Wednesday, November 27, 2013

Hobby Lobby, the Divine Right of Sperm, and Religion v. Religion (Hobby Lobby 02)

If I understand it correctly, some human persons hold a religious belief that they must never do anything, directly or indirectly, that could interfere with any sperm's ability to produce a human being.  Let's call that a belief in the Divine Right of Sperm*.

This belief is apparently the one held by the human persons doing business as Hobby Lobby. I mention human persons because the Supreme Court has not yet stated that corporate persons have the ability to hold religious beliefs, or, in the language of the First Amendment, to exercise any religion.  But after Citizens United, maybe they will do that soon.

Some of Hobby Lobby's employees might have a religious belief that they should not harm other human beings.  Consider, then, a mother of five whose spouse is too ill to have a paying job.  Or a childless husband and wife who are the sole support of their parents and siblings. These people might, as a matter of their religious beliefs, use contraception so as not to jeopardize the lives of those dependent on them.  Now we have religion v. religion.  What in the Constitution says that the employer's religion wins?

Maybe employers who believe in the Divine Right of Sperm should be allowed to refuse to hire women at all.  Otherwise, the employers would be complicit in violating some sperms' rights from time to time.  Or should these employers be free to make sure that any female jobseeker is menopausal, celibate or gay?  And what about married women who swear they rely on the rhythm method?  God made women fertile at certain times of the month.  The divine right of sperm is in conflict with the rhythm method.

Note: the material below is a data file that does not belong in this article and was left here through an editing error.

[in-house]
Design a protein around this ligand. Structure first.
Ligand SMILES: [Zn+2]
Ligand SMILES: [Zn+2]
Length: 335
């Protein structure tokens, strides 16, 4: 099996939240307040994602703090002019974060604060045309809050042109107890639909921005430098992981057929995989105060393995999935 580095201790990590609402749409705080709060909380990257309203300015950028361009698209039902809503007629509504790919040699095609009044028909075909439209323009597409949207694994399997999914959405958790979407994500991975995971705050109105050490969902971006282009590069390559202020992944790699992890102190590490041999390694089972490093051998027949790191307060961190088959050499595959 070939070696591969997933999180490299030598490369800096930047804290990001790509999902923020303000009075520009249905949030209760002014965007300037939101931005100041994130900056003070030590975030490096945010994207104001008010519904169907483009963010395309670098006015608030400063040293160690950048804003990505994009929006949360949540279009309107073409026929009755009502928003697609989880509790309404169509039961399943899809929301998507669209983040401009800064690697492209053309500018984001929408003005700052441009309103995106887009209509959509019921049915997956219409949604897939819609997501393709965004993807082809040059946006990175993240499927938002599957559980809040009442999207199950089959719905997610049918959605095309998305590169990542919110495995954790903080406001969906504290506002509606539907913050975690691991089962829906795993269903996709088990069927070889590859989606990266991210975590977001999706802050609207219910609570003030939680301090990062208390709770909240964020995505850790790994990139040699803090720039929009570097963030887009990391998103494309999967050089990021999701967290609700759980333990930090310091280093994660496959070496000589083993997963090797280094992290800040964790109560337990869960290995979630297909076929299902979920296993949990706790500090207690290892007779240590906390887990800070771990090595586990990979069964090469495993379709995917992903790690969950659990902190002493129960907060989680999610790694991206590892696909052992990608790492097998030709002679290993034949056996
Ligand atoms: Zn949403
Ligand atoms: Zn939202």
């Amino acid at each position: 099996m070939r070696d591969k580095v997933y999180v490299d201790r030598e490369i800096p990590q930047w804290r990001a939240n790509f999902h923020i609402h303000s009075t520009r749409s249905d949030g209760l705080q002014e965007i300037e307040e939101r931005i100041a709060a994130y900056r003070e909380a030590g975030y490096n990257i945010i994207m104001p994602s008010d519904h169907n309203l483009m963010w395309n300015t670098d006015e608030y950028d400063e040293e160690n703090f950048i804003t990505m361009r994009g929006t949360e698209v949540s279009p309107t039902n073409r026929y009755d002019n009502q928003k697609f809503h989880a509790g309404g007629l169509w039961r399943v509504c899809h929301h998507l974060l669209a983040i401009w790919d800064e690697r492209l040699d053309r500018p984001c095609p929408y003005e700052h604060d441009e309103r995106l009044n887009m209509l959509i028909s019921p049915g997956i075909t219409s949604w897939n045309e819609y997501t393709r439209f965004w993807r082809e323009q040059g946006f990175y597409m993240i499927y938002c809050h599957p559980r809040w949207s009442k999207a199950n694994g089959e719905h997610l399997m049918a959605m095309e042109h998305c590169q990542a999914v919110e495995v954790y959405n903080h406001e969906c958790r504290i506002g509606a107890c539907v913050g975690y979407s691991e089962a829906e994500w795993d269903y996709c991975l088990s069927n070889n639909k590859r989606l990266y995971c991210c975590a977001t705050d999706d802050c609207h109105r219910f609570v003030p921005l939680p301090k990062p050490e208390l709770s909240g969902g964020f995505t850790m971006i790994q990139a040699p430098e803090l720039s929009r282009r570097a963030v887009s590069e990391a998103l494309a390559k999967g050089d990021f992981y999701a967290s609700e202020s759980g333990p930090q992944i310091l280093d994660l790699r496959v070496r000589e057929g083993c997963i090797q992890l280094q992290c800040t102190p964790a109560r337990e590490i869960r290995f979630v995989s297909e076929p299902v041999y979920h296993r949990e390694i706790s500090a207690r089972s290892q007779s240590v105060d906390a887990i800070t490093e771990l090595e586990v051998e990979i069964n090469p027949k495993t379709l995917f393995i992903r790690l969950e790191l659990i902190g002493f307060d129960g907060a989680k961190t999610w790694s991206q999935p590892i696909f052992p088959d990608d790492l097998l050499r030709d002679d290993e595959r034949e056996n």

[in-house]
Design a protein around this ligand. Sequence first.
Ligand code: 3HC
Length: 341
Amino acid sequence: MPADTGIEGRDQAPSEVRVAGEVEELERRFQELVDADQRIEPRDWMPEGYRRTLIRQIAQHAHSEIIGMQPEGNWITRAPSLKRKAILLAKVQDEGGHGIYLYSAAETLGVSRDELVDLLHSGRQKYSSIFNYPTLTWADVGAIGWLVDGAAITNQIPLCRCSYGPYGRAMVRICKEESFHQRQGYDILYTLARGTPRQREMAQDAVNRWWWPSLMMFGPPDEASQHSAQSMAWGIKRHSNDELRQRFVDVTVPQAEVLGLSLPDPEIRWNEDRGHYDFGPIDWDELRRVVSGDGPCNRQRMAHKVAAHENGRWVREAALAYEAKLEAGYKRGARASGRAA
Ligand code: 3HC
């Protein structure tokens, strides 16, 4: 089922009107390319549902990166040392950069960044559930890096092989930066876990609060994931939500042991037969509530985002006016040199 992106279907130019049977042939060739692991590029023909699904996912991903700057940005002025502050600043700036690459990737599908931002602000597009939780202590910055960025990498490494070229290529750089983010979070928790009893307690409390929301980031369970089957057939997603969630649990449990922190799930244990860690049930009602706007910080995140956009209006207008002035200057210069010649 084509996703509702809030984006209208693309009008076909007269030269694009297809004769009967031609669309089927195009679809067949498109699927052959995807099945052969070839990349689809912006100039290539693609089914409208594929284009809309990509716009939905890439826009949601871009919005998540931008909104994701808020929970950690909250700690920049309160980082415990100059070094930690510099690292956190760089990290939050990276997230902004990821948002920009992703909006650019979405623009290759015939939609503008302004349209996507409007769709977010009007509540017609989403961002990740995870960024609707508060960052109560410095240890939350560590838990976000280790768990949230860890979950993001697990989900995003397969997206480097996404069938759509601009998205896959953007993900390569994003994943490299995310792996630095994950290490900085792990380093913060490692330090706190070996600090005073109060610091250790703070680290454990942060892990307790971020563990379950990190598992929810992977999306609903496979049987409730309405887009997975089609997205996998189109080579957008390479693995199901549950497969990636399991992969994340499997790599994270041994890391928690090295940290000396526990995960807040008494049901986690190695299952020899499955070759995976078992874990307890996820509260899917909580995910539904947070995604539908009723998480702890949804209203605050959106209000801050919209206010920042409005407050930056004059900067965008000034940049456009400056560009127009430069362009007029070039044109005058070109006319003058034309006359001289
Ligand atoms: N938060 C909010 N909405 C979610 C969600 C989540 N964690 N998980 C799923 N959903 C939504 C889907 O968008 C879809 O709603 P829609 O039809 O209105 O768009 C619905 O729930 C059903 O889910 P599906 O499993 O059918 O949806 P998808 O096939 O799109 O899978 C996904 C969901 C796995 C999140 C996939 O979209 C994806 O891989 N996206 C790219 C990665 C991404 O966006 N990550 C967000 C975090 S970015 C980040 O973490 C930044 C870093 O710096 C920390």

Can these employers also refuse to hire men who have had a vasectomy?  Can it refuse to hire men who will not promise to sign an oath never to use condoms?

But wait, you say.  Hobby Lobby does not care how the employees spend their wages.  Hobby Lobby objects that the Affordable Health Care forces the business to pay for contraception using the business's MONEY, thus leaving less money for the human owners with the religious beliefs.   Well, I guess that means Hobby Lobby accepts some limits to both the Divine Right of Sperm and to the human owners' willingness to "follow the money" to protect that right.

I admit that government forces businesses to use money in ways that might violate the human owners' religious beliefs besides the one about contraception. That is because it is a government of ALL the people.  For example, a business violates the law if it discriminates on the basis of religion. That means it must occasionally use its MONEY to pay wages to employees whose religious beliefs differ from those of the business's owners.  Does the First Amendment religion's clause trump all nondiscrimination laws?  Not so far.

I say the "religion clause" to remind myself of the words of the First Amendment."Congress shall make no law respecting an establishment of religion, or prohibiting the free exercise thereof...."  That is not the same as "Congress shall guarantee every human person total freedom regarding religion."  The Constitution does not permit one human being's religious beliefs to trump another's and it does not permit one human being's religious beliefs to trump other rights that other human beings have under our laws.


* The Divine Right of Sperm:  I find only one hit for this phrase today:  here.  It concerns gender discrimination: the sole right of bearers of a Y chromosome to be bureaucrats in Europe.  I am talking about the right of the little wiggly things themselves, not of the human being carrying them around.

typo corr/minor rev 1/10/14 rjm

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